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Qinetiq drives towards wireless cars

The MoD spin-off, which is already working on wireless-enabled trains, has signed a multi-million pound deal extending its work on cars and lampposts
Written by David Meyer, Contributor

Defence technology company Qinetiq has signed a £6.2m contract to develop technology that could eventually lead to wireless-enabled cars.

The contract with UK wireless content delivery firm LastMile Communications extends a partnership signed last year, in which QinetiQ — which owns a 1.5 percent stake in LastMile — agreed to realise and produce prototypes using the wireless based technology.

Gabriel Vizzard, LastMile's marketing director, told ZDNet UK on Monday that the firms were "absolutely on-track" with their schedule and that LastMile was "happy with the progress that [it is] making".

The technology, known as W-Direct, will initially be trialled in lampposts. It operates at 60GHz, which gives more bandwidth than standard Wi-Fi. The idea is that each lamppost will contain a wireless node, which in turn will host "strategically placed content", to be picked up by any wirelessly-enabled passer-by.

These nodes could supply users with information on local hotels or restaurants, indicating the availability of tables or bedrooms, or whether they currently have any specials on, said Vizzard. The availability of nearby parking could be another application.

But information for passers-by is only the first stage, as applications have been suggested whereby the node could be used to pass on vital information for emergency services.

"A public safety vehicle may have a CCTV camera where the policeman stops and transmits the images wirelessly to a nearby node, so that if anything should happen to the officer [that information can be retrieved]," said Vizzard.

Eventually, the idea is to develop reliable technology that could be used to transmit information from vehicle to vehicle.

A spokesperson for Qinetiq described a scenario in which, after a car is involved in an accident and the airbag is deployed, "the system might be able to communicate the fact that there's been an accident to other vehicles in the vicinity".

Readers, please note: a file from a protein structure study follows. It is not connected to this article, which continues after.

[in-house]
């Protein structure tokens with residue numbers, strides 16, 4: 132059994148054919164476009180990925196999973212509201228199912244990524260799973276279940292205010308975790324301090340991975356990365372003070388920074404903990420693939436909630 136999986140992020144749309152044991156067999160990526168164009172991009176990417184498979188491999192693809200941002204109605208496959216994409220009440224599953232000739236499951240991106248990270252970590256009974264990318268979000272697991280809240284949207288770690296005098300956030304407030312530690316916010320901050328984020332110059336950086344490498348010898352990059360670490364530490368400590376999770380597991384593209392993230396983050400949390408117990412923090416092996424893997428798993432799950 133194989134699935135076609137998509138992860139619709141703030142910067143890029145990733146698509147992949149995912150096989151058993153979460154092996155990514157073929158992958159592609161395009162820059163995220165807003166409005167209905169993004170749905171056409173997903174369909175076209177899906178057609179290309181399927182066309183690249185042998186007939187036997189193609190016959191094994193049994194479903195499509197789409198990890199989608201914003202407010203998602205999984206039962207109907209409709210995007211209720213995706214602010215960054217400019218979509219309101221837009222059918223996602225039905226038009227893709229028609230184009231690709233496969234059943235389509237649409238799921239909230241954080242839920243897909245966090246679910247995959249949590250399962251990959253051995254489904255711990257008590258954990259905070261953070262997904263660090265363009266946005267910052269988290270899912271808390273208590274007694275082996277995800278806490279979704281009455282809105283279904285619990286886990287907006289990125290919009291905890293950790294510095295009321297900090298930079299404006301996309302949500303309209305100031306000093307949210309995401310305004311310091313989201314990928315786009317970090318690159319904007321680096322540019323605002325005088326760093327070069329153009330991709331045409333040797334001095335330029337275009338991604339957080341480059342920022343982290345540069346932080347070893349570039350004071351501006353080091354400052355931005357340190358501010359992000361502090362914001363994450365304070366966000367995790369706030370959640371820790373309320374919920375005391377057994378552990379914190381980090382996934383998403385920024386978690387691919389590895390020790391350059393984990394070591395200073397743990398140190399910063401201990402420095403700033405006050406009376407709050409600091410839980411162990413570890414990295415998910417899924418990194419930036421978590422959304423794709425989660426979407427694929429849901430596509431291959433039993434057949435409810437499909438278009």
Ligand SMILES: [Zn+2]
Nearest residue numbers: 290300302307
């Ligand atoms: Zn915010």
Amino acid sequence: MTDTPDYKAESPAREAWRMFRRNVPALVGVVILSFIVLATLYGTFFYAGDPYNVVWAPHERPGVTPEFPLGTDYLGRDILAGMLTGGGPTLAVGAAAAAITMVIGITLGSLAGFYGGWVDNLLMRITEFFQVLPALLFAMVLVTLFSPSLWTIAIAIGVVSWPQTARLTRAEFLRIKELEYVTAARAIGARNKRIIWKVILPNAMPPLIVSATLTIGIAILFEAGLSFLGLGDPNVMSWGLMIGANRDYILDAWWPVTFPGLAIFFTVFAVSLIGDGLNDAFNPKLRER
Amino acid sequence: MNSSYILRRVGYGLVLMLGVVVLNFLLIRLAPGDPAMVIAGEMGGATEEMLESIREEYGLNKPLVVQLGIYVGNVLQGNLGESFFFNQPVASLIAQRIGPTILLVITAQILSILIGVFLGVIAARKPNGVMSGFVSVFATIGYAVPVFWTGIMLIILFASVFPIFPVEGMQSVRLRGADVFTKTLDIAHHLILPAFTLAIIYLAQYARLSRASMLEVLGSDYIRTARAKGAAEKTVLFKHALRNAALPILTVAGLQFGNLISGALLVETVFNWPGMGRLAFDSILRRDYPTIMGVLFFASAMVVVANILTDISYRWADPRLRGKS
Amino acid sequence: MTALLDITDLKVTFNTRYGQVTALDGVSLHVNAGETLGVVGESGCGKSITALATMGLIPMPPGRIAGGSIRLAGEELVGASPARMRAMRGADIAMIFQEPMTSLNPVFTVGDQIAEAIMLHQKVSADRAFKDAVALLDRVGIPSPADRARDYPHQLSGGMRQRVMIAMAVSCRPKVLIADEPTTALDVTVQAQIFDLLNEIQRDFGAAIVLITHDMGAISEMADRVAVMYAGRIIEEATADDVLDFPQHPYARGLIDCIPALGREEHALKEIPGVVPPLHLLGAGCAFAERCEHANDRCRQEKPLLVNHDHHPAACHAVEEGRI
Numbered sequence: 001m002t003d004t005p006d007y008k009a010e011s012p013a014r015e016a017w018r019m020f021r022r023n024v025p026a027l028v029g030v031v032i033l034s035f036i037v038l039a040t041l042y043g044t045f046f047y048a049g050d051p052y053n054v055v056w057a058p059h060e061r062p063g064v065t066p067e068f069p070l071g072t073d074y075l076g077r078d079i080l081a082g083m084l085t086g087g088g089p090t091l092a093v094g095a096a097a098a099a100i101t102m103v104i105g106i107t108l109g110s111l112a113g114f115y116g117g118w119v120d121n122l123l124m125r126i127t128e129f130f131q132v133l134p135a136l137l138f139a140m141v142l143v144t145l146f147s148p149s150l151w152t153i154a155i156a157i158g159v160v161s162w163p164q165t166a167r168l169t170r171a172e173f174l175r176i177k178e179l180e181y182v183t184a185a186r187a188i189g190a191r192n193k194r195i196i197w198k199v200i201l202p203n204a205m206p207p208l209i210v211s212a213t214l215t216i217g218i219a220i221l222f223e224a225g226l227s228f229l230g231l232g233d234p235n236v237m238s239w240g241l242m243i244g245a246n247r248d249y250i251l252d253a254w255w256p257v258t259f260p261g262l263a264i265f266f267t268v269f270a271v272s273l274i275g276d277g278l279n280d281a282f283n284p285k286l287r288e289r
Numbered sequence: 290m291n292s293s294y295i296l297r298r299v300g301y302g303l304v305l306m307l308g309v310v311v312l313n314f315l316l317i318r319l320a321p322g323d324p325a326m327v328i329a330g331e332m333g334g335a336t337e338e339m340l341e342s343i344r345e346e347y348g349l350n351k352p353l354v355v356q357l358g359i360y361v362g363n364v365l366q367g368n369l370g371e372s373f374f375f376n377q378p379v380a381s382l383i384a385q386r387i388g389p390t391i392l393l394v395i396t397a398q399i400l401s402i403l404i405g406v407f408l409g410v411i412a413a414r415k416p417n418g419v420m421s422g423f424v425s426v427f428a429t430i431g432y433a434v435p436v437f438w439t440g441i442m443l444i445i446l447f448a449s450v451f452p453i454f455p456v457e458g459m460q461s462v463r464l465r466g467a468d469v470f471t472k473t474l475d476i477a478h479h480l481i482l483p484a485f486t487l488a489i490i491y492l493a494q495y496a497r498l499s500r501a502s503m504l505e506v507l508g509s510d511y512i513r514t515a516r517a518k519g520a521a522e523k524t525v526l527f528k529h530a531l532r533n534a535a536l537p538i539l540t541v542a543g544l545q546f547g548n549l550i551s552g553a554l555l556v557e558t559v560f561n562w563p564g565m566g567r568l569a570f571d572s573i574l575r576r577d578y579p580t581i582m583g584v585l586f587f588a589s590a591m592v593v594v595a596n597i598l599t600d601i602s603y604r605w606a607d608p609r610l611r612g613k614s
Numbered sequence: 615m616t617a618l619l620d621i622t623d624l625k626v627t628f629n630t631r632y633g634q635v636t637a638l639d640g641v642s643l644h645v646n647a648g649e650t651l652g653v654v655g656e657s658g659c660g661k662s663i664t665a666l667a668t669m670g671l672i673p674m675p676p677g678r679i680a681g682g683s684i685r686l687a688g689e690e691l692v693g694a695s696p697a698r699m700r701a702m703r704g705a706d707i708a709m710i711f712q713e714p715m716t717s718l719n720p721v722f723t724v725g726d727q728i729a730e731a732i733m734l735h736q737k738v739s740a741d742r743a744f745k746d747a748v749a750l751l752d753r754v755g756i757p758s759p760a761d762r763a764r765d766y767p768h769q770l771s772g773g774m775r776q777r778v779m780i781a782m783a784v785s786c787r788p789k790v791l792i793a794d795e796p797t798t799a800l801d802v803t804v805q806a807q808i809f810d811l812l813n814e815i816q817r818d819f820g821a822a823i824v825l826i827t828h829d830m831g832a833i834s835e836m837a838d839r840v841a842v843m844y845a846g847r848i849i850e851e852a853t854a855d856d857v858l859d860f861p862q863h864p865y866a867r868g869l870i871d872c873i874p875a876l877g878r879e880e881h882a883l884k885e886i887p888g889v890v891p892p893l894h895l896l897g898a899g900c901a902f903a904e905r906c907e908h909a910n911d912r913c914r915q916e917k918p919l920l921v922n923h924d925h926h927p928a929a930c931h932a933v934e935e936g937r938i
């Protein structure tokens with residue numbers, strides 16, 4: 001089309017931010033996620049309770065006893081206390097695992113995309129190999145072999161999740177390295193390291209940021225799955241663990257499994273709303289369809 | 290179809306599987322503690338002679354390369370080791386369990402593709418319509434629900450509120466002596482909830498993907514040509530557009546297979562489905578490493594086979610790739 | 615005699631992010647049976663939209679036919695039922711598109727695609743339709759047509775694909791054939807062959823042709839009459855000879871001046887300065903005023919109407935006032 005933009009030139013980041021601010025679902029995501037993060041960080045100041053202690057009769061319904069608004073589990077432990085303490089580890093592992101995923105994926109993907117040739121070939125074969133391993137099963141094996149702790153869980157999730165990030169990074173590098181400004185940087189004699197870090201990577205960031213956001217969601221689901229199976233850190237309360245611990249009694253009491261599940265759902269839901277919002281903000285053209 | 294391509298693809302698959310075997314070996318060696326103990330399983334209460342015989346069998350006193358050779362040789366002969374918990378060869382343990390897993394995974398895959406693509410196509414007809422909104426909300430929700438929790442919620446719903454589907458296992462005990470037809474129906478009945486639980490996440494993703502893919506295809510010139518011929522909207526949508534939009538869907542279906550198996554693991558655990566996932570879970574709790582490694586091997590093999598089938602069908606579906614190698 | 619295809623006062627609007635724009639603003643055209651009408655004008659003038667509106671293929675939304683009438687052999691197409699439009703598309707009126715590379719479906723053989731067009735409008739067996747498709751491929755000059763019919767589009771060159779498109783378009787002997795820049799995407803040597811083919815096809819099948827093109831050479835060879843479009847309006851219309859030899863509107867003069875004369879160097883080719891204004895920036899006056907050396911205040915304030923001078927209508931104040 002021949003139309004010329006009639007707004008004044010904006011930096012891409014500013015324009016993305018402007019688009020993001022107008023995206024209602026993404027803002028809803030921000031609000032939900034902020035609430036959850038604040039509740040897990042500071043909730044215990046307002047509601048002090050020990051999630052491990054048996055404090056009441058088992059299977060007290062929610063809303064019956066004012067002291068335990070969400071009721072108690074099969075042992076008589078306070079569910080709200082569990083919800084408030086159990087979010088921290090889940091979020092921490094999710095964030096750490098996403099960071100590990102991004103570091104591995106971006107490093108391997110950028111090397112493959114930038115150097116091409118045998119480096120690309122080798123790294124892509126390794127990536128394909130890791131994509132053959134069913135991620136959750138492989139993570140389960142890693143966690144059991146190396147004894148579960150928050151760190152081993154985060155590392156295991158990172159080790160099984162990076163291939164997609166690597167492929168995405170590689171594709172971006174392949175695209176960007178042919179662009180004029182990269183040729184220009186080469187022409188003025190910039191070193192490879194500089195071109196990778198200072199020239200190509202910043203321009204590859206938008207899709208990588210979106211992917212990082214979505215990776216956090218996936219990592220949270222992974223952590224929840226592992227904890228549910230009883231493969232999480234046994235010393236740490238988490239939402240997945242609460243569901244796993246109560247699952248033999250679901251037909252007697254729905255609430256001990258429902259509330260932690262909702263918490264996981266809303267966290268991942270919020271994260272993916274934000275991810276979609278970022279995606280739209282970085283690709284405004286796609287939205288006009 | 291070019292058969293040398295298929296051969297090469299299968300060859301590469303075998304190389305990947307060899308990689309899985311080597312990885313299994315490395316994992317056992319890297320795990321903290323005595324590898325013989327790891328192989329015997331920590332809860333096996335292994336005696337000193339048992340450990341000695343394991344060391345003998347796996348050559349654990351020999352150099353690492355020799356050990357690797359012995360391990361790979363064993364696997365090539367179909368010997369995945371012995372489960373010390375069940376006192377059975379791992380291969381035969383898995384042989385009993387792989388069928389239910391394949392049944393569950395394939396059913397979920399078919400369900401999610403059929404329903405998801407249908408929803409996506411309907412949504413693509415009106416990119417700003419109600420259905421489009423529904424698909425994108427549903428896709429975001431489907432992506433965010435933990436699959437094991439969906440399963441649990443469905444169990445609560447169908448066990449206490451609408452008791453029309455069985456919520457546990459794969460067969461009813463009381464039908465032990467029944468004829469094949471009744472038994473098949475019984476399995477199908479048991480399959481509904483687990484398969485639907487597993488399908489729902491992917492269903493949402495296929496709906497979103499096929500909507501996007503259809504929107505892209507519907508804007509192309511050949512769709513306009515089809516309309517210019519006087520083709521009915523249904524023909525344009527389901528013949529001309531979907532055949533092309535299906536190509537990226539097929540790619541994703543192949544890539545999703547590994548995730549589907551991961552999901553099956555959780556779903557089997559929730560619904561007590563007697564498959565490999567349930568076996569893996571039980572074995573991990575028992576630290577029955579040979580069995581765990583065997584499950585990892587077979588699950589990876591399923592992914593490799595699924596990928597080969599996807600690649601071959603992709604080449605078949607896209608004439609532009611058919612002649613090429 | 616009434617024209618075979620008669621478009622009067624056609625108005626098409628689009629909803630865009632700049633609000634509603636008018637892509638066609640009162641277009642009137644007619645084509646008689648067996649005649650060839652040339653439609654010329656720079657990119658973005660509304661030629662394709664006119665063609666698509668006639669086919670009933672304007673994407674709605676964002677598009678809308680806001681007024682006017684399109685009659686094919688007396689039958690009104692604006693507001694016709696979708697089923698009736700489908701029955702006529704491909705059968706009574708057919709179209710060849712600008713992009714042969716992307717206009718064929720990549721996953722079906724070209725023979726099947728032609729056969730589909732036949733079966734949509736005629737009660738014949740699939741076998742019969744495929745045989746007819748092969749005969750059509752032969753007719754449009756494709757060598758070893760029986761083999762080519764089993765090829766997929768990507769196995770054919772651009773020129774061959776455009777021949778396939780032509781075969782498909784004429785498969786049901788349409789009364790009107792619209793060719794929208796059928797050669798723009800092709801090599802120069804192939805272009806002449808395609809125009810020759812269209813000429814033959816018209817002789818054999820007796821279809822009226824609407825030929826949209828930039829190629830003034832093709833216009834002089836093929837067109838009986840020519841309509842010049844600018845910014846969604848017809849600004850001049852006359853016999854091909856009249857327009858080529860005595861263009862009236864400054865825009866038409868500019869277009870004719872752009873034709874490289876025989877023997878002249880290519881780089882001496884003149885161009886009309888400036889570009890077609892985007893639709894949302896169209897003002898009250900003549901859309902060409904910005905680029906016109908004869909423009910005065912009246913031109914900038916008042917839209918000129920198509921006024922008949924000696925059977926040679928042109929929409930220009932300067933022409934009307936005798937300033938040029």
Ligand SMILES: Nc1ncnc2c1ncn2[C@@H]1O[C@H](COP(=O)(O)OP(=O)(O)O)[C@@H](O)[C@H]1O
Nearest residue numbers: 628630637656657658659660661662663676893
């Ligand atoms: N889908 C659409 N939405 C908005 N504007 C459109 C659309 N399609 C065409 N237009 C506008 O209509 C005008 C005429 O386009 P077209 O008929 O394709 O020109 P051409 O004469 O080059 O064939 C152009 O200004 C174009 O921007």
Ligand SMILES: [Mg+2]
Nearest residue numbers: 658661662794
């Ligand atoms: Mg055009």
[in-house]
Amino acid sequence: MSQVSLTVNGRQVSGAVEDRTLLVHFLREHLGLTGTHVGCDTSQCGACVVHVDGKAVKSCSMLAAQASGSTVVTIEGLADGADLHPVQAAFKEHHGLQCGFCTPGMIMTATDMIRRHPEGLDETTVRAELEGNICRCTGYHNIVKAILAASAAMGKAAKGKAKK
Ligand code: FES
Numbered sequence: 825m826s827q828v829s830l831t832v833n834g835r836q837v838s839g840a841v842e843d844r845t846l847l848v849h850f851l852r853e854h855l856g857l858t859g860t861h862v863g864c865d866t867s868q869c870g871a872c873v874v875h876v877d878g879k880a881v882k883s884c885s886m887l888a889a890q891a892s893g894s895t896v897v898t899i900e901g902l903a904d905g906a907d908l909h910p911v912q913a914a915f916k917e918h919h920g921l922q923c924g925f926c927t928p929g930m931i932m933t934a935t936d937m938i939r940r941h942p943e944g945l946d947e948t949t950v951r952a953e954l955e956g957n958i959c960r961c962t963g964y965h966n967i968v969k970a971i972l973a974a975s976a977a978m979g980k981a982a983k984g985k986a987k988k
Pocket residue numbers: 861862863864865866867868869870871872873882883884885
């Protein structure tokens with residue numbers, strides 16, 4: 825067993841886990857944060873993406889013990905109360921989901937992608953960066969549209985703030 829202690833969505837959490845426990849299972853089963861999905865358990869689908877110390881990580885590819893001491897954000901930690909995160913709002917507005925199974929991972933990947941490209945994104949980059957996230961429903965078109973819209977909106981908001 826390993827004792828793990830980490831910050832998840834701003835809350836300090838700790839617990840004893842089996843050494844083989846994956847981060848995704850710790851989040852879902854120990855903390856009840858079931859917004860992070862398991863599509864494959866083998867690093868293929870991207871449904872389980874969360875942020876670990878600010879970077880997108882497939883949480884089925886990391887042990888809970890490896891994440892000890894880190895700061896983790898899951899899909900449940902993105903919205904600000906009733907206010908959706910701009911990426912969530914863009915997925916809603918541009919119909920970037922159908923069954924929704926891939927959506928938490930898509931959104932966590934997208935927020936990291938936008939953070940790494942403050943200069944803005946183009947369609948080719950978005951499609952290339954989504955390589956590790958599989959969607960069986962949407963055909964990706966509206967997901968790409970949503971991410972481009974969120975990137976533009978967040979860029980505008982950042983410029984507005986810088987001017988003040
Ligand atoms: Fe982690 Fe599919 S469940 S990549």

Early trials will take place at the University of Abertay in Dundee. In conjunction with the university's School of Computing and Creative Technologies, Lastmile are setting up campus-wide nodes as "a place for students to pick up and deposit their coursework", according to Vizzard.

"We also have a GPRS modem in our device for user command and control, in case the device is being tampered with or it needs to be remotely bootstrapped and managed," Vizzard added.

Negotiations are underway with the Dundee city council to extend the scheme, and the university is working on a multiplayer game using the data structure for nodes on street corners.

Qinetiq's spokesperson pointed out that using "existing roadside furniture" such as lampposts eliminated the need to lay an expensive new infrastructure for the nodes. He said that while the MoD spin-off is developing the initial models, future production units would have to be mass-manufactured by another organisation.

The technology could potentially dovetail with the aim of Car2Car, a consortium established by car manufacturers such as Audi, BMW and Renault, to agree a brand-agnostic European industrial standard for "future communicating cars".

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